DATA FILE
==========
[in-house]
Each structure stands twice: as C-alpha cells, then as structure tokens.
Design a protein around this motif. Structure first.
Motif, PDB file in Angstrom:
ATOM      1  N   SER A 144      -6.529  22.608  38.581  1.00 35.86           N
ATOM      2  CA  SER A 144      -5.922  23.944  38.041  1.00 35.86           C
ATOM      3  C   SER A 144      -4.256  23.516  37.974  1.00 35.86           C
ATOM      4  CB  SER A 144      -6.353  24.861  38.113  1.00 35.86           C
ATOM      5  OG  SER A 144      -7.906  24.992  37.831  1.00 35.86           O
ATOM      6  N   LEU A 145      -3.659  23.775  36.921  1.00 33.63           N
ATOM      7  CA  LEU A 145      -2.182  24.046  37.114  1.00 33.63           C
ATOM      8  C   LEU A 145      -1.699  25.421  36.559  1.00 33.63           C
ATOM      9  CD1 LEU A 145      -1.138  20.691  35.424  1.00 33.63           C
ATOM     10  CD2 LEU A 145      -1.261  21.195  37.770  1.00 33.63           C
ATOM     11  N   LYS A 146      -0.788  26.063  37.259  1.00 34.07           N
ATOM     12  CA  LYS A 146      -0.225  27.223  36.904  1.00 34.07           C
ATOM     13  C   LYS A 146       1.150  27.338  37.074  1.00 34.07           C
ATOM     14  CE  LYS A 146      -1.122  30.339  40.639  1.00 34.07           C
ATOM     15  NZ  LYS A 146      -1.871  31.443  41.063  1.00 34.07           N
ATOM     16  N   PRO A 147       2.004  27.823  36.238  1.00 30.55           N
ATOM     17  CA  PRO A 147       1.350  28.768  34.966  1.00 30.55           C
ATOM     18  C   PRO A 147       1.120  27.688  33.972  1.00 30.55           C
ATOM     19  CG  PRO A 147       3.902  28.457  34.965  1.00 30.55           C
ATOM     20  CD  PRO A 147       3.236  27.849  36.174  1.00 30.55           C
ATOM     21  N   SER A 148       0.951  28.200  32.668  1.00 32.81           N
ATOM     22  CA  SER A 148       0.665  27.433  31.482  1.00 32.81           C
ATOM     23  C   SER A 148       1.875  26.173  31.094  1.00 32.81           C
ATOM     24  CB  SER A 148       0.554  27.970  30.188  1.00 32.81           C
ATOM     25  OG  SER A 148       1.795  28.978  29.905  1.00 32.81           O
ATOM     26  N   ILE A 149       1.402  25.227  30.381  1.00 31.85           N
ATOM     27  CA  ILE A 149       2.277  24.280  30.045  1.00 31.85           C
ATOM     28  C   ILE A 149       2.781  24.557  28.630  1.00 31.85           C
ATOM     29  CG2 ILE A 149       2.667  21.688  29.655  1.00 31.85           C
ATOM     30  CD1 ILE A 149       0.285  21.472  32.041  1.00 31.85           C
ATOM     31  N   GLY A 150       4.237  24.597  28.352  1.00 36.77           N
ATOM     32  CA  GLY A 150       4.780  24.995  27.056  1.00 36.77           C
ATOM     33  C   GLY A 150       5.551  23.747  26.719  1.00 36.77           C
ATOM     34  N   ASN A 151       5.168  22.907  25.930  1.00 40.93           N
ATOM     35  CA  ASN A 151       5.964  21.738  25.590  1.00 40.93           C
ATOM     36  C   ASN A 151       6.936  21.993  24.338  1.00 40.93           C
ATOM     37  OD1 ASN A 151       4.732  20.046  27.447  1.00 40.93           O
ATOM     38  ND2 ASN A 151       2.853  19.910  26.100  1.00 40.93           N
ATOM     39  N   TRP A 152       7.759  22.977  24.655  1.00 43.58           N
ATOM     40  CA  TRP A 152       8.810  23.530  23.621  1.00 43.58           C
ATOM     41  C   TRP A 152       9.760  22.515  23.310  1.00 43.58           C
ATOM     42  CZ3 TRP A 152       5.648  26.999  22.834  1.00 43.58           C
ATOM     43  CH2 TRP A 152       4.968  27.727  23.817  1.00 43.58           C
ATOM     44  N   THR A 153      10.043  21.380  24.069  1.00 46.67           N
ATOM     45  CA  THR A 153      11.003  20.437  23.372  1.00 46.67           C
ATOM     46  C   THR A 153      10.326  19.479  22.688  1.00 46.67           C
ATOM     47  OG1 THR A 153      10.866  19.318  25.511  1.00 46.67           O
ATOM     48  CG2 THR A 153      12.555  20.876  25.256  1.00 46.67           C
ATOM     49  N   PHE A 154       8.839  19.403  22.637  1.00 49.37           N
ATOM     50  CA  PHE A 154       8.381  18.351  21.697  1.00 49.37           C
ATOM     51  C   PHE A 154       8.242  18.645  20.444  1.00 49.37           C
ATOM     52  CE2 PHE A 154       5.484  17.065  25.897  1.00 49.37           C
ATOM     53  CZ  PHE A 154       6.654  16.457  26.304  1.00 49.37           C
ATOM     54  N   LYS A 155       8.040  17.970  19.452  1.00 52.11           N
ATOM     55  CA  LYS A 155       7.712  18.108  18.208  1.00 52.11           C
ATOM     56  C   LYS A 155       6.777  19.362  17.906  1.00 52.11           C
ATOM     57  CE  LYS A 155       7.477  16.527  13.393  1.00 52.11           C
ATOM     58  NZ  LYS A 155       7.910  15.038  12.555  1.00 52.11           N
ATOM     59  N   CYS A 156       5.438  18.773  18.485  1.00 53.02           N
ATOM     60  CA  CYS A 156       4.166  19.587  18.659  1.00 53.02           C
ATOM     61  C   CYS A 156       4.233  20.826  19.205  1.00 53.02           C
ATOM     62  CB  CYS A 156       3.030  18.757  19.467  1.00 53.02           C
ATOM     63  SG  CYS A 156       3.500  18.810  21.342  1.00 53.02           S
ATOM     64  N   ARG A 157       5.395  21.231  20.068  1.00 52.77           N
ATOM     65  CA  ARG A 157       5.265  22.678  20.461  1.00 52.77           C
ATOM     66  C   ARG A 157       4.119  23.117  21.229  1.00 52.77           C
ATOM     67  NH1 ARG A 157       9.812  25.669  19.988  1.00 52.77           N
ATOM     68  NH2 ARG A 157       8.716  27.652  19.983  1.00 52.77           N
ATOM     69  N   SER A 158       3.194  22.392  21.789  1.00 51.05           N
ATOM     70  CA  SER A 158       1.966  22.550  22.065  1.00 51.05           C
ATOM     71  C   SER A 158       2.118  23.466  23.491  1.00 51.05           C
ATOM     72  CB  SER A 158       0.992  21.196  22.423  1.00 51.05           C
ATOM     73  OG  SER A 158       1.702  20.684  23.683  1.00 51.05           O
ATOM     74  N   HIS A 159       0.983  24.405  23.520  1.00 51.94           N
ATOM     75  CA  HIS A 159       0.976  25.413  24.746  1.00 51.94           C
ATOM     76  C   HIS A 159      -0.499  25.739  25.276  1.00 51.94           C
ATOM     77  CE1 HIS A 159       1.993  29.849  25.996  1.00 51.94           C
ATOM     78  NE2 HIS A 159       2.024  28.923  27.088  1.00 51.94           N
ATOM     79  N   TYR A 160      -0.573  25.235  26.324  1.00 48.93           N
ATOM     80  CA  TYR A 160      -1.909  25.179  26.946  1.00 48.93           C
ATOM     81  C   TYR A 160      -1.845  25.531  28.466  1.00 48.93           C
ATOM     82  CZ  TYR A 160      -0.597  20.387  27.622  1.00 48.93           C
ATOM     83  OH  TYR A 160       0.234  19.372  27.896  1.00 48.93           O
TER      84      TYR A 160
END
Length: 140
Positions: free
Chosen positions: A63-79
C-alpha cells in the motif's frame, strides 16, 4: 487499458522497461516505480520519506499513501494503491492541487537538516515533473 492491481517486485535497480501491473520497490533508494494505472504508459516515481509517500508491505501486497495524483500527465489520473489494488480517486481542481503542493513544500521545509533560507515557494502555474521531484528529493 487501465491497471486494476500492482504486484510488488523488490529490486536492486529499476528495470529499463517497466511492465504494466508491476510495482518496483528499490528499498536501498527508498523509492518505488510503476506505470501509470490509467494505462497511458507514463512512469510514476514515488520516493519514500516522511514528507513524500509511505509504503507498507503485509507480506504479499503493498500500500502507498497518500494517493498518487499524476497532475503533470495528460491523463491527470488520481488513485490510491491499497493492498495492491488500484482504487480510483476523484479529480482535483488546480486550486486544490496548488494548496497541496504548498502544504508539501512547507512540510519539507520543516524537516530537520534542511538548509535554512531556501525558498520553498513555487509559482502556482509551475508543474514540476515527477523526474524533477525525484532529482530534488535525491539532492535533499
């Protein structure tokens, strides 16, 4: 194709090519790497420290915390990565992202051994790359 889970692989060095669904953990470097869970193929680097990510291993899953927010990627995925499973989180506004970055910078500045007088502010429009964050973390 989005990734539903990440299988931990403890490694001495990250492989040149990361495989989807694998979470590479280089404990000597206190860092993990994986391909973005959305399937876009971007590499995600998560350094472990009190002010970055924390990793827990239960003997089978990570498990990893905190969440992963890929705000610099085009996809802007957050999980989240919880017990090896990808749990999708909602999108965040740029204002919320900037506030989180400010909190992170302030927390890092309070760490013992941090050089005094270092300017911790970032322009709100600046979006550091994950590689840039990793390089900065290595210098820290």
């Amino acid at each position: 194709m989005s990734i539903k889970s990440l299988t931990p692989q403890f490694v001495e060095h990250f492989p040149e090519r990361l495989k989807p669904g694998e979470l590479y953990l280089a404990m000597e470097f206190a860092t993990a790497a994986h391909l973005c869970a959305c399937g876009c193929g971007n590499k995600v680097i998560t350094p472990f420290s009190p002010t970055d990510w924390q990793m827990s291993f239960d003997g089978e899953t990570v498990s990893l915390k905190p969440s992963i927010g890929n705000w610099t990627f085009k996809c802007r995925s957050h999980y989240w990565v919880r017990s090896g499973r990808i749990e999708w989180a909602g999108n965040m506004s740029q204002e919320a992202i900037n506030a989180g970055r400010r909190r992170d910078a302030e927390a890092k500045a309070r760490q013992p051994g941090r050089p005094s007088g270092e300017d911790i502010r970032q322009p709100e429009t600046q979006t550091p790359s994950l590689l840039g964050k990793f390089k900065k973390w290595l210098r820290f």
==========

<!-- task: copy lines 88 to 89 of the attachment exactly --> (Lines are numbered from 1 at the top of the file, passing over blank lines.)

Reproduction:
TER      84      TYR A 160
END